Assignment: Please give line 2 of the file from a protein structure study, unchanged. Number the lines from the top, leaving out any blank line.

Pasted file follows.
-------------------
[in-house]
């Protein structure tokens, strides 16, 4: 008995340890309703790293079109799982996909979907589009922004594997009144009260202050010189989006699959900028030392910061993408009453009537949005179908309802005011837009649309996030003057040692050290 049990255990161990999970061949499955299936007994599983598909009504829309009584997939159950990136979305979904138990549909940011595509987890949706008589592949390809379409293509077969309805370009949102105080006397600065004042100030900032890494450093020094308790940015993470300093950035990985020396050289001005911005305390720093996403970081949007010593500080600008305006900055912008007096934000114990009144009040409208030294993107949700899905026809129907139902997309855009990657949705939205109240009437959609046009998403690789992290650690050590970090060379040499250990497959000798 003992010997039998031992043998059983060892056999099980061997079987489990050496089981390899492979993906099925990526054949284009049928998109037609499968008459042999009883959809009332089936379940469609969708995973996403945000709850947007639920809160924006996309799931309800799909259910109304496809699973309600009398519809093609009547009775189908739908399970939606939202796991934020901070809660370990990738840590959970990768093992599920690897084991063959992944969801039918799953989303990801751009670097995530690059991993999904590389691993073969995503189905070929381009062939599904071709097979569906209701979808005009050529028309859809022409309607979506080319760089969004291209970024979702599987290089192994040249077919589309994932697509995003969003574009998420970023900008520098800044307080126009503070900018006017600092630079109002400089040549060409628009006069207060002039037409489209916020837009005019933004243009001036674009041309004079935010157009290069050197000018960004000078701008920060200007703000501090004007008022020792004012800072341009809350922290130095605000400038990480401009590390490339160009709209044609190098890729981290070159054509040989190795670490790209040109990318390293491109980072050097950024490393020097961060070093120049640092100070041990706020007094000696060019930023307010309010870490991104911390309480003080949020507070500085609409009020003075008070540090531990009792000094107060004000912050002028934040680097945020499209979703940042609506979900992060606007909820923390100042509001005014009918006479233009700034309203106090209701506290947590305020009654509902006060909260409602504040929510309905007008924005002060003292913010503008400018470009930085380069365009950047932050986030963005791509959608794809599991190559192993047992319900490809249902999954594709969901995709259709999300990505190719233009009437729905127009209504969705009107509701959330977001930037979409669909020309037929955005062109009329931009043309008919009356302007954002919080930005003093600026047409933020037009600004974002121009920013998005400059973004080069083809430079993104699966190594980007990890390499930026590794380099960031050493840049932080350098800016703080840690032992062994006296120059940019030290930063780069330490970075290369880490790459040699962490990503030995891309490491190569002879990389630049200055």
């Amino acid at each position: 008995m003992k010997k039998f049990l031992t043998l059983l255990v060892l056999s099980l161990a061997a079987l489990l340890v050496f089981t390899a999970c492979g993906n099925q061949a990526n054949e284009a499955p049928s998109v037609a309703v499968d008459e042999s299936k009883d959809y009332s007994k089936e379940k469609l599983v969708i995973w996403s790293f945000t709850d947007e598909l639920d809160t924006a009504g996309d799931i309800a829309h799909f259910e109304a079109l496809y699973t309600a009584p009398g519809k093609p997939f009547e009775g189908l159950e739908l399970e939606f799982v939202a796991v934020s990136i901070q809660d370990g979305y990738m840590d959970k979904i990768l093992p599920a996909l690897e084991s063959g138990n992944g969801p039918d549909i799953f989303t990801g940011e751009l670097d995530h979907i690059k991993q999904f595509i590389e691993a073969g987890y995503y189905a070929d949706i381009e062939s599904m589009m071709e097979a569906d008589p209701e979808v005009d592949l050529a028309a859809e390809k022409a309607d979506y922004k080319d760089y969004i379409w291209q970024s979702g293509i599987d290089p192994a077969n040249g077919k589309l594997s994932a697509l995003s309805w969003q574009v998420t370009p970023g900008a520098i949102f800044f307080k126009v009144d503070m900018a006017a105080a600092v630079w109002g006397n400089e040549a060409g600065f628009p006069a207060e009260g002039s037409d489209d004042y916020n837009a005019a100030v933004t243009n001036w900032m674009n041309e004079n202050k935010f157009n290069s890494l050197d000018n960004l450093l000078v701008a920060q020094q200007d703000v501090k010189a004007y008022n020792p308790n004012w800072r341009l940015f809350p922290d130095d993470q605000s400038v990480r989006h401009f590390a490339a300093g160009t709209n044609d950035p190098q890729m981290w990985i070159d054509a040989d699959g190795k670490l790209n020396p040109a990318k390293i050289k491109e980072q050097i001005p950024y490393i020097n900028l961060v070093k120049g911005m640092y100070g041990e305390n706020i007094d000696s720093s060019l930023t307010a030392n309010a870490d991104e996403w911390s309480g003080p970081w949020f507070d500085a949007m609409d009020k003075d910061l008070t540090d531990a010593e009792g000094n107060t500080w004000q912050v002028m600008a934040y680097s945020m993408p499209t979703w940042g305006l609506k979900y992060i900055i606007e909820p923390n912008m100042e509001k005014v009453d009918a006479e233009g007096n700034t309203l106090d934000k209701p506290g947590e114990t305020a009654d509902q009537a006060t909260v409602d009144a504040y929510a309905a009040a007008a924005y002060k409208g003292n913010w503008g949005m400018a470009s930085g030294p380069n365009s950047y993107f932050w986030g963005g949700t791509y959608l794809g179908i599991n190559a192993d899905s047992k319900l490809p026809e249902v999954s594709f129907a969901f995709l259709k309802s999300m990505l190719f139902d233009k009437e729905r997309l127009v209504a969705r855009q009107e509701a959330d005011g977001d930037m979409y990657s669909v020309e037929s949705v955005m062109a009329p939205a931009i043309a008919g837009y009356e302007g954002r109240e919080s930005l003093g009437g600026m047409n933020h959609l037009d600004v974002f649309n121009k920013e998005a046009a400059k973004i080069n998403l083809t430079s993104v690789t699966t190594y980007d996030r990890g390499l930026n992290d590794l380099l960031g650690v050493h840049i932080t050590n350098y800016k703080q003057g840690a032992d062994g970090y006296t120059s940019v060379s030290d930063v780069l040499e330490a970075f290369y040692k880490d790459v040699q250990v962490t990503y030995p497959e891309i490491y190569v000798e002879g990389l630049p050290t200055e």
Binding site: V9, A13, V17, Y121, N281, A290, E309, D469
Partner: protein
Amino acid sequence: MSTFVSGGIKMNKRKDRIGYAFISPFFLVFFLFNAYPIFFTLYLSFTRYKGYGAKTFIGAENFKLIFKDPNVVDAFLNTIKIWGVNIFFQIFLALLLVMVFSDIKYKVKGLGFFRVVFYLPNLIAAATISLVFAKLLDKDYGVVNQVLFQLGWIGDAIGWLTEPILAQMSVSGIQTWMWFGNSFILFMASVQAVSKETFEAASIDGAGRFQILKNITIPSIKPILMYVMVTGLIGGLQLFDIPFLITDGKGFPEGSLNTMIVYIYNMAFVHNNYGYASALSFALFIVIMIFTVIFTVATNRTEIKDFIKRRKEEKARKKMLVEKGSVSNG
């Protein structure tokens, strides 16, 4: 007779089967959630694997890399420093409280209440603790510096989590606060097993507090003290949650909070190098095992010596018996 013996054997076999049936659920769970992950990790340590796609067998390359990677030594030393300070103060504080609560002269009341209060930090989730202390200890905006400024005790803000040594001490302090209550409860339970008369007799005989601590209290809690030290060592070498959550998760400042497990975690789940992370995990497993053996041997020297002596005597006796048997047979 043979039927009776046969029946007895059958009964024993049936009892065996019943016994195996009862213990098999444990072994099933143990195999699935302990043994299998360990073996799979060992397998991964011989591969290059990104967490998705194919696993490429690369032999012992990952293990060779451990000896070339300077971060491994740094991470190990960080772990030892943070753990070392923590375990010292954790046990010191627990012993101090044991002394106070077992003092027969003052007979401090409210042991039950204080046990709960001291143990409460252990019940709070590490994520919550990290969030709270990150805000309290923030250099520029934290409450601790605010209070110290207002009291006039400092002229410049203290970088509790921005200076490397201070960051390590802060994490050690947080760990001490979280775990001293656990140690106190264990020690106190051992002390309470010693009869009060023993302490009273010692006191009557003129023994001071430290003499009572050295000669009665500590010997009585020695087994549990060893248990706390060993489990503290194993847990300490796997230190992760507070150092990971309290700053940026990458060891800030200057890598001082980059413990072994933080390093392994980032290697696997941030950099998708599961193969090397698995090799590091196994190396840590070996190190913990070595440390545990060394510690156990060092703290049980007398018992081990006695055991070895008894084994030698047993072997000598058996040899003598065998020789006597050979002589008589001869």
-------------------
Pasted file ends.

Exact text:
């Protein structure tokens, strides 16, 4: 008995340890309703790293079109799982996909979907589009922004594997009144009260202050010189989006699959900028030392910061993408009453009537949005179908309802005011837009649309996030003057040692050290 049990255990161990999970061949499955299936007994599983598909009504829309009584997939159950990136979305979904138990549909940011595509987890949706008589592949390809379409293509077969309805370009949102105080006397600065004042100030900032890494450093020094308790940015993470300093950035990985020396050289001005911005305390720093996403970081949007010593500080600008305006900055912008007096934000114990009144009040409208030294993107949700899905026809129907139902997309855009990657949705939205109240009437959609046009998403690789992290650690050590970090060379040499250990497959000798 003992010997039998031992043998059983060892056999099980061997079987489990050496089981390899492979993906099925990526054949284009049928998109037609499968008459042999009883959809009332089936379940469609969708995973996403945000709850947007639920809160924006996309799931309800799909259910109304496809699973309600009398519809093609009547009775189908739908399970939606939202796991934020901070809660370990990738840590959970990768093992599920690897084991063959992944969801039918799953989303990801751009670097995530690059991993999904590389691993073969995503189905070929381009062939599904071709097979569906209701979808005009050529028309859809022409309607979506080319760089969004291209970024979702599987290089192994040249077919589309994932697509995003969003574009998420970023900008520098800044307080126009503070900018006017600092630079109002400089040549060409628009006069207060002039037409489209916020837009005019933004243009001036674009041309004079935010157009290069050197000018960004000078701008920060200007703000501090004007008022020792004012800072341009809350922290130095605000400038990480401009590390490339160009709209044609190098890729981290070159054509040989190795670490790209040109990318390293491109980072050097950024490393020097961060070093120049640092100070041990706020007094000696060019930023307010309010870490991104911390309480003080949020507070500085609409009020003075008070540090531990009792000094107060004000912050002028934040680097945020499209979703940042609506979900992060606007909820923390100042509001005014009918006479233009700034309203106090209701506290947590305020009654509902006060909260409602504040929510309905007008924005002060003292913010503008400018470009930085380069365009950047932050986030963005791509959608794809599991190559192993047992319900490809249902999954594709969901995709259709999300990505190719233009009437729905127009209504969705009107509701959330977001930037979409669909020309037929955005062109009329931009043309008919009356302007954002919080930005003093600026047409933020037009600004974002121009920013998005400059973004080069083809430079993104699966190594980007990890390499930026590794380099960031050493840049932080350098800016703080840690032992062994006296120059940019030290930063780069330490970075290369880490790459040699962490990503030995891309490491190569002879990389630049200055």